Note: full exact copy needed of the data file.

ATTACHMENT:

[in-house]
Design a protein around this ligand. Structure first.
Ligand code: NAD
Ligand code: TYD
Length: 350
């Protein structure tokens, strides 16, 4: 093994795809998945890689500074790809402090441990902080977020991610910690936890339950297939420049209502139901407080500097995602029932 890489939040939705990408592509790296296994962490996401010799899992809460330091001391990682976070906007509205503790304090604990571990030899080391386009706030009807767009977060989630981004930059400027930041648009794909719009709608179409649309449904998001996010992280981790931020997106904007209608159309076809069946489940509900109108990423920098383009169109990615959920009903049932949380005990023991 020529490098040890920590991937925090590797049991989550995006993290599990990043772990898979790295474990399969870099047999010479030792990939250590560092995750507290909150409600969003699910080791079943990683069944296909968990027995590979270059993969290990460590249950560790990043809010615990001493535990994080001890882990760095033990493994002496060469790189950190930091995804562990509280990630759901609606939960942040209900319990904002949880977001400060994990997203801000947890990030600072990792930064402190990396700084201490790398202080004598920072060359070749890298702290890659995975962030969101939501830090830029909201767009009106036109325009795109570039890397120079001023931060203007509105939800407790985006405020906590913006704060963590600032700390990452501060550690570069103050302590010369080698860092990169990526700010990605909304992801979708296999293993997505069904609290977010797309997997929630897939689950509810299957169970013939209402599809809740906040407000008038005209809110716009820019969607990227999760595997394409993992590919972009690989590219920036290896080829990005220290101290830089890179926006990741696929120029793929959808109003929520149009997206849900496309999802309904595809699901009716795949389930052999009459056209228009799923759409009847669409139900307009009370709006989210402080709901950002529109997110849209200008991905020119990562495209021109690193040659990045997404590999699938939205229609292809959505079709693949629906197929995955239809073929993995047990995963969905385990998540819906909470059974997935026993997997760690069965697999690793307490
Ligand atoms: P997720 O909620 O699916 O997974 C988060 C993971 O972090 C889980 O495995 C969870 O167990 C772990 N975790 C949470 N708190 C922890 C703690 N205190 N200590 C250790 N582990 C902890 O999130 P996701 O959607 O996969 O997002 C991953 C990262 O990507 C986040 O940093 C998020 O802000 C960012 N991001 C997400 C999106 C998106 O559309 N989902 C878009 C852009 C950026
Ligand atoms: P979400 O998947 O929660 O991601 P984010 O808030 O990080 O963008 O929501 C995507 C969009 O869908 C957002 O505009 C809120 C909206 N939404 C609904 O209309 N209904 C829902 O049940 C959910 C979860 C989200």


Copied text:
[in-house]
Design a protein around this ligand. Structure first.
Ligand code: NAD
Ligand code: TYD
Length: 350
């Protein structure tokens, strides 16, 4: 093994795809998945890689500074790809402090441990902080977020991610910690936890339950297939420049209502139901407080500097995602029932 890489939040939705990408592509790296296994962490996401010799899992809460330091001391990682976070906007509205503790304090604990571990030899080391386009706030009807767009977060989630981004930059400027930041648009794909719009709608179409649309449904998001996010992280981790931020997106904007209608159309076809069946489940509900109108990423920098383009169109990615959920009903049932949380005990023991 020529490098040890920590991937925090590797049991989550995006993290599990990043772990898979790295474990399969870099047999010479030792990939250590560092995750507290909150409600969003699910080791079943990683069944296909968990027995590979270059993969290990460590249950560790990043809010615990001493535990994080001890882990760095033990493994002496060469790189950190930091995804562990509280990630759901609606939960942040209900319990904002949880977001400060994990997203801000947890990030600072990792930064402190990396700084201490790398202080004598920072060359070749890298702290890659995975962030969101939501830090830029909201767009009106036109325009795109570039890397120079001023931060203007509105939800407790985006405020906590913006704060963590600032700390990452501060550690570069103050302590010369080698860092990169990526700010990605909304992801979708296999293993997505069904609290977010797309997997929630897939689950509810299957169970013939209402599809809740906040407000008038005209809110716009820019969607990227999760595997394409993992590919972009690989590219920036290896080829990005220290101290830089890179926006990741696929120029793929959808109003929520149009997206849900496309999802309904595809699901009716795949389930052999009459056209228009799923759409009847669409139900307009009370709006989210402080709901950002529109997110849209200008991905020119990562495209021109690193040659990045997404590999699938939205229609292809959505079709693949629906197929995955239809073929993995047990995963969905385990998540819906909470059974997935026993997997760690069965697999690793307490
Ligand atoms: P997720 O909620 O699916 O997974 C988060 C993971 O972090 C889980 O495995 C969870 O167990 C772990 N975790 C949470 N708190 C922890 C703690 N205190 N200590 C250790 N582990 C902890 O999130 P996701 O959607 O996969 O997002 C991953 C990262 O990507 C986040 O940093 C998020 O802000 C960012 N991001 C997400 C999106 C998106 O559309 N989902 C878009 C852009 C950026
Ligand atoms: P979400 O998947 O929660 O991601 P984010 O808030 O990080 O963008 O929501 C995507 C969009 O869908 C957002 O505009 C809120 C909206 N939404 C609904 O209309 N209904 C829902 O049940 C959910 C979860 C989200």